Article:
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UK case opens in £3.2bn ‘Safari Workaround’ Google privacy case

BASTION OF VIRTUE Google is being sued in the UK after some of its past actions have returned to haunt it.

The search giant has been accused of illegal data collection from 4.4m users of a browser called ‘Safari’ which is something to do with Apples.

The so-called ‘Safari Workaround’ named after the fact that it’s a workaround in Safari, has led to a ‘collective action’ (think ‘class action’) suit which could lead to a fine of anything up to £3.2bn, reports The Guardian.

Google is said to have bypassed security for users of the browser on i Phones from August 2011 and February 2012, before using the information to identify users to relevant advertisers.

The group known as ‘Google You Owe Us’ is led by Richard Lloyd, erstwhile of Which?, claims that data including ethnicity, health (physical and mental), politics, sexuality, class, income, shopping habits and location were all collected by Google and passed to its ad department for categorising.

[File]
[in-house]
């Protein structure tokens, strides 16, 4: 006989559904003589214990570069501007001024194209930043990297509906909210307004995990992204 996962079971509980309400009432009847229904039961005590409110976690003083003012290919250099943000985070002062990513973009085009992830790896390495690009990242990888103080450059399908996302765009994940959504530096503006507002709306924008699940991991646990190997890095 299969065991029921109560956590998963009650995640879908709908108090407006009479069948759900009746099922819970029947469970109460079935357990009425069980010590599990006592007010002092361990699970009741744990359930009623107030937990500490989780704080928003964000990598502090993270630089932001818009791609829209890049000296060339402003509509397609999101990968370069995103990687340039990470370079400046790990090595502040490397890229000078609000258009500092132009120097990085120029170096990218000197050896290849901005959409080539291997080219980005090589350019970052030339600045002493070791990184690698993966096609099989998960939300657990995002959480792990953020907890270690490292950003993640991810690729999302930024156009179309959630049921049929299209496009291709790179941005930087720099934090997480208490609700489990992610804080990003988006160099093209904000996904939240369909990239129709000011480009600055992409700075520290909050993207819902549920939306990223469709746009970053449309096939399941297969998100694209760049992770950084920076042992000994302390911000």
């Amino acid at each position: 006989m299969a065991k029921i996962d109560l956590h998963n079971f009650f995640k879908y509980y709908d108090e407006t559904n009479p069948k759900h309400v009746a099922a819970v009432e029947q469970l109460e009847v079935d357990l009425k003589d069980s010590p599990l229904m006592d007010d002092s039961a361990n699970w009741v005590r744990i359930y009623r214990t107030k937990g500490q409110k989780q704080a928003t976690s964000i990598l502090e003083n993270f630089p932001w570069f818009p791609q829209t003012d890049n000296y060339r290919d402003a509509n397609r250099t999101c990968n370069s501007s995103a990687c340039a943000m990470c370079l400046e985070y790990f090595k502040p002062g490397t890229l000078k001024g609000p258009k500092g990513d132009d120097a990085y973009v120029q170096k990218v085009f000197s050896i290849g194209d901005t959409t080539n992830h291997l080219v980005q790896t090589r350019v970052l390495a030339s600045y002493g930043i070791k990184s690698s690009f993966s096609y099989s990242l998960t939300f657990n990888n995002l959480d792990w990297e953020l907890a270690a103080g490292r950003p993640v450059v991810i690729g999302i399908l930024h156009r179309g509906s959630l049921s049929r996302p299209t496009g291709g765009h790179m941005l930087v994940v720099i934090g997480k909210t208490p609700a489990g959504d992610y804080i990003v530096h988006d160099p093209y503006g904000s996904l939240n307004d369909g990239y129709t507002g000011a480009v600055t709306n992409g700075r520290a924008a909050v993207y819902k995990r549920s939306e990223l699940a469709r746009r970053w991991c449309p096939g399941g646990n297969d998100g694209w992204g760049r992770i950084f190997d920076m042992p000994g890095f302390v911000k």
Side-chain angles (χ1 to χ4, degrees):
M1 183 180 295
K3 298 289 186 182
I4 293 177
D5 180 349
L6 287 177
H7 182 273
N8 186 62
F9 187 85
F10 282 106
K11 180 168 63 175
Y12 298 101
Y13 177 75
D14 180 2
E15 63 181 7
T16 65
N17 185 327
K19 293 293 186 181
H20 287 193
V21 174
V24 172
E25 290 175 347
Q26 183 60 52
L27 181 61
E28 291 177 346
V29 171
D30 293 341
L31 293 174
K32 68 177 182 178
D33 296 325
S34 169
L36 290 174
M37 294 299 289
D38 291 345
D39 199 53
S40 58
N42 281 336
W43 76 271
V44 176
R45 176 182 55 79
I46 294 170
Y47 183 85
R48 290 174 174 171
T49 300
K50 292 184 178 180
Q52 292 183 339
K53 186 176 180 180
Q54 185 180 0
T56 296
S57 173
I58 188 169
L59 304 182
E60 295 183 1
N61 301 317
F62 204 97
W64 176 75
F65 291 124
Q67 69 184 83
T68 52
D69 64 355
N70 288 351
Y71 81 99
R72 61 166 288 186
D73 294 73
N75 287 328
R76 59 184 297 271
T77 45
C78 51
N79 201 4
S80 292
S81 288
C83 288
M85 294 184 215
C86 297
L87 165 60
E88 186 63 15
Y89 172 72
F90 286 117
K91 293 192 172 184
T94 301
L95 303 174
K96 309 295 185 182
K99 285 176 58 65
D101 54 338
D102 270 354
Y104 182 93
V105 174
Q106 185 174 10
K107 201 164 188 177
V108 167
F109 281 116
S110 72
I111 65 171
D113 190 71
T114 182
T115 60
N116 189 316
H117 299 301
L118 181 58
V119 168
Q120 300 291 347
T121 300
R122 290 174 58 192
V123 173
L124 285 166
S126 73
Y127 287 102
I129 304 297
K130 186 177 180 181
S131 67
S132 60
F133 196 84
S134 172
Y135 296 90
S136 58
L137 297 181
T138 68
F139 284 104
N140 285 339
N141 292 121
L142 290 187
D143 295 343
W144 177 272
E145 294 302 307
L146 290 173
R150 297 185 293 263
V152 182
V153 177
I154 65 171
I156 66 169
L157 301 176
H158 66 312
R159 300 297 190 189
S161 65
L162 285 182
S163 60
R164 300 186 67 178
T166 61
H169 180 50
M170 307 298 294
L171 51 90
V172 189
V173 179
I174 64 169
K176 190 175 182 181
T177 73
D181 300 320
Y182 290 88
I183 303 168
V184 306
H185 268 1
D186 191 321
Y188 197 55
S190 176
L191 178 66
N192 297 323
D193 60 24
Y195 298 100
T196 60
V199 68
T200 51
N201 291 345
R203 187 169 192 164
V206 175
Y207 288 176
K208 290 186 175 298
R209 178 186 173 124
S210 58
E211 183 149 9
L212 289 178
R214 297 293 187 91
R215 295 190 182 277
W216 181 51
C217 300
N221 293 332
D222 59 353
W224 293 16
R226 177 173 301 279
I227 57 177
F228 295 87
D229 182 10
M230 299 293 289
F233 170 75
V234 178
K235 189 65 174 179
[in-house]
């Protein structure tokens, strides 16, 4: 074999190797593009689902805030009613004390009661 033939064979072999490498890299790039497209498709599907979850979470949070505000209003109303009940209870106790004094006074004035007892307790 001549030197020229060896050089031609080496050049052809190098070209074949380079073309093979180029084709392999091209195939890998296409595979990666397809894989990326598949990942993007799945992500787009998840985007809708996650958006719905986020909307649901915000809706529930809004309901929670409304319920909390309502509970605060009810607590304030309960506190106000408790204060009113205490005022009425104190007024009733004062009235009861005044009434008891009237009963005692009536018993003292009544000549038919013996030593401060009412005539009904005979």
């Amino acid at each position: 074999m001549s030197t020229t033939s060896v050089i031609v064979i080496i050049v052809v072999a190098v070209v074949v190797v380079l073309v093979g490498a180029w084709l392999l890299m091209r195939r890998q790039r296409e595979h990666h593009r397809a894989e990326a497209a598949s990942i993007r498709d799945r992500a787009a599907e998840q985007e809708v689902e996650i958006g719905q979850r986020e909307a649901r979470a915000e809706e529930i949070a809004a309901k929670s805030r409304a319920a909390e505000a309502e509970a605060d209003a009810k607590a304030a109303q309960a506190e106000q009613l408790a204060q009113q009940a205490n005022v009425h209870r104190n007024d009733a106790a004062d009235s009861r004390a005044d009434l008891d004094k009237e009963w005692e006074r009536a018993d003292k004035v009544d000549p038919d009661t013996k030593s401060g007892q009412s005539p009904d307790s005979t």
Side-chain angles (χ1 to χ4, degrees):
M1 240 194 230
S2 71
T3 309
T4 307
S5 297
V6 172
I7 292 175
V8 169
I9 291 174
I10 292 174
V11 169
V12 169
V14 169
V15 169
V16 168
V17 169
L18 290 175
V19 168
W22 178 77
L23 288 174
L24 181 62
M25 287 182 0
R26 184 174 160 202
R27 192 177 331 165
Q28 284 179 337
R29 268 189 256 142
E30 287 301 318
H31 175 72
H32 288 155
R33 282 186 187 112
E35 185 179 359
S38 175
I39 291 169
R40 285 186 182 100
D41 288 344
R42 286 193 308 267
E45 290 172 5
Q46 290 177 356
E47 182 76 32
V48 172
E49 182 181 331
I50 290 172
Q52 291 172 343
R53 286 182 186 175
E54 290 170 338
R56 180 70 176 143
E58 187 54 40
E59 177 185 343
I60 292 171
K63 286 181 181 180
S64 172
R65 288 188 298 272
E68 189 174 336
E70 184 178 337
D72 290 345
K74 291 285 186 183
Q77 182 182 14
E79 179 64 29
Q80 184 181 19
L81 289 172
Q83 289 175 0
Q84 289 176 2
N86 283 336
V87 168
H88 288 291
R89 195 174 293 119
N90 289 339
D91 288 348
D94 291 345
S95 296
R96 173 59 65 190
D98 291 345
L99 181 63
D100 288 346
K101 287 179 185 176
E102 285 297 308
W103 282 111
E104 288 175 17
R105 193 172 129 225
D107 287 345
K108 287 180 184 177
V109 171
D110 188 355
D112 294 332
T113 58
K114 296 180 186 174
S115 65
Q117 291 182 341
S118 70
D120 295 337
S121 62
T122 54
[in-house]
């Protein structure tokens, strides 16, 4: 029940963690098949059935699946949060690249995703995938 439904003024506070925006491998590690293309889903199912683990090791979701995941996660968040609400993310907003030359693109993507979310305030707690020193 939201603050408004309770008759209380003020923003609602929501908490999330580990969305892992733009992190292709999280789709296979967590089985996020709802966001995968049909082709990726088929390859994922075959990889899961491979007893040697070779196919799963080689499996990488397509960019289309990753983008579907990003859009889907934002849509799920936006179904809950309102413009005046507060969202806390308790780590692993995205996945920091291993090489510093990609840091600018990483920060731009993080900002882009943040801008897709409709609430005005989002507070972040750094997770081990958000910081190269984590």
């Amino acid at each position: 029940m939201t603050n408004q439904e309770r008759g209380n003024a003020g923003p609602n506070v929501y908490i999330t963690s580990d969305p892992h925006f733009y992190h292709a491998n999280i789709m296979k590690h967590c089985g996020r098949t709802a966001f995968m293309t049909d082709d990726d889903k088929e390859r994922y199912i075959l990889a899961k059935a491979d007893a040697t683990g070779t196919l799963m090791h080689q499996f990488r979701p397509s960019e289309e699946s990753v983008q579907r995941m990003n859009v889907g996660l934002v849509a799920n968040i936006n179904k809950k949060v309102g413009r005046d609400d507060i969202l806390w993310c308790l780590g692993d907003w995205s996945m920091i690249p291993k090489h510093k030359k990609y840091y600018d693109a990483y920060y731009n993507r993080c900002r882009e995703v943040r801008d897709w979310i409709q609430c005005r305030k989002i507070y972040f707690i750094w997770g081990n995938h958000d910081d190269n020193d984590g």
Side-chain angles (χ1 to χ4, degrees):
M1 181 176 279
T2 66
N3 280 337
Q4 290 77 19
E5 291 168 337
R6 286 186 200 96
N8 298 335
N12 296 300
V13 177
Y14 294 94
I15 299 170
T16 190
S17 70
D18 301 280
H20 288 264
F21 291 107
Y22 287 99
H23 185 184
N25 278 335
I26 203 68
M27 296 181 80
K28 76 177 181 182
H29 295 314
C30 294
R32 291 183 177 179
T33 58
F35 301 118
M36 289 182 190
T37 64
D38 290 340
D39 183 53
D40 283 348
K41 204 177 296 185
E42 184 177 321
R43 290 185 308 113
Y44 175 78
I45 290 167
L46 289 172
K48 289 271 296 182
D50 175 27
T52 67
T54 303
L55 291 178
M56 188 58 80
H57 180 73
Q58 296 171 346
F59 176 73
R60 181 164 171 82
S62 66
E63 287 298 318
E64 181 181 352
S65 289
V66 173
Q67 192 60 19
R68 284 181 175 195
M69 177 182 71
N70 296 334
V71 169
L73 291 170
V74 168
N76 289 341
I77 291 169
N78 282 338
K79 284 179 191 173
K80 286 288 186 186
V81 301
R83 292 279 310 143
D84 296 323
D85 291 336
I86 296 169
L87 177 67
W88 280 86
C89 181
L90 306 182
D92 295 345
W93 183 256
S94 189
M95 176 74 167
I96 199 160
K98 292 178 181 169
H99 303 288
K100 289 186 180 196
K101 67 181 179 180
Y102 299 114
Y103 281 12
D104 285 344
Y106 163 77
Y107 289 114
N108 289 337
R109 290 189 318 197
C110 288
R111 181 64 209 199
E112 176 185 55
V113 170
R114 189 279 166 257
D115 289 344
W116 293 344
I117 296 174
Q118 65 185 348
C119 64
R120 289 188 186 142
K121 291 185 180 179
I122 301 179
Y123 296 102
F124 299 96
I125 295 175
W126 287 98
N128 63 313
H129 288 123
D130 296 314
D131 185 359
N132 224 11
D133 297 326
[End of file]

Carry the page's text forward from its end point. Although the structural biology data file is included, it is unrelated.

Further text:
Lloyd spits: “I believe that what Google did was quite simply against the law.

“Their actions have affected millions in England and Wales and we’ll be asking the judge to ensure they are held to account in our courts.”

Although £3.2bn sounds like a lot, it’s a relative drop in the ocean for parent company Alphabet, and even if Google You Owe Us got a maximum payout, it would only work out at around £750 per claimant.

Google argues that the action is inappropriate and has tried to stop it going ahead. They maintain that there is no suggestion that the data was sent on to third parties, that it was going to be difficult, if not impossible to identify who was affected and that there is no change of success.

Tom Price, communications director for Google UK said: “The privacy and security of our users is extremely important to us. This case relates to events that took place over six years ago and that we addressed at the time.

“We believe it has no merit and should be dismissed. We’ve filed evidence in support of that view and look forward to making our case in Court.”

To which we pull out the INQ stock defense – they would say that, wouldn’t they? µ  

Source : Inquirer

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